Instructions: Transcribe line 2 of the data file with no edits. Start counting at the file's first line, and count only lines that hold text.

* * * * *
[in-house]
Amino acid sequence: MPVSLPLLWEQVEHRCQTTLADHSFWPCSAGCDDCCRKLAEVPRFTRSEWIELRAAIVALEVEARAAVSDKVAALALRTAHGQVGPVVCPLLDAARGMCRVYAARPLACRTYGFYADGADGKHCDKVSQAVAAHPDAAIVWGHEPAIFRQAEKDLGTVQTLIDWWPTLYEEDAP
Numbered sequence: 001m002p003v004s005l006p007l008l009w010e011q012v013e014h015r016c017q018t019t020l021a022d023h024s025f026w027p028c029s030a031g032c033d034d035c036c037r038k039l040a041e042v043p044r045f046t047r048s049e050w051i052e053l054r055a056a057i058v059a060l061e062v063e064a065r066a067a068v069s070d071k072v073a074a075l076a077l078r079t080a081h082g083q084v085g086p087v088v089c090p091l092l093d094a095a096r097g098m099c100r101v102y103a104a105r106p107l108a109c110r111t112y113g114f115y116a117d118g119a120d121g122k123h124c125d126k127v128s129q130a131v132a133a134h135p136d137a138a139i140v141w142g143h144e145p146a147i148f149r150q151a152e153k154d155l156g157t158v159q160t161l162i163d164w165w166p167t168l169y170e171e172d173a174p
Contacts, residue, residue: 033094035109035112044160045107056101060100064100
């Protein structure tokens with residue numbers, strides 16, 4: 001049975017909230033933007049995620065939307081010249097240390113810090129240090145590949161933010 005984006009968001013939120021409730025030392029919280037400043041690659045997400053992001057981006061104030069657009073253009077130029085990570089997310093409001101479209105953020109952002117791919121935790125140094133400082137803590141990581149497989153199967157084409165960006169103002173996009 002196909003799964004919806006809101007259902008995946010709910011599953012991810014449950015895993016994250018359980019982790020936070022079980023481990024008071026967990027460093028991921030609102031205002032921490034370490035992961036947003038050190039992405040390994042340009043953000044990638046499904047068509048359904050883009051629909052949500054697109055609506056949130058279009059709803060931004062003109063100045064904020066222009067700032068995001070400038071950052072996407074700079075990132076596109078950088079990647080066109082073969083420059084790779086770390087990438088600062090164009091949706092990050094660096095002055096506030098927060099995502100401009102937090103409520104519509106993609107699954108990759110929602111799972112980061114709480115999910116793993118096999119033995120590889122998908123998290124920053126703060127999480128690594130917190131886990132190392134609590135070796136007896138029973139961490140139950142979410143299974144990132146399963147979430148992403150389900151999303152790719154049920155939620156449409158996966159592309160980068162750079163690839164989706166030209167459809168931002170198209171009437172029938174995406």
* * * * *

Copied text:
Amino acid sequence: MPVSLPLLWEQVEHRCQTTLADHSFWPCSAGCDDCCRKLAEVPRFTRSEWIELRAAIVALEVEARAAVSDKVAALALRTAHGQVGPVVCPLLDAARGMCRVYAARPLACRTYGFYADGADGKHCDKVSQAVAAHPDAAIVWGHEPAIFRQAEKDLGTVQTLIDWWPTLYEEDAP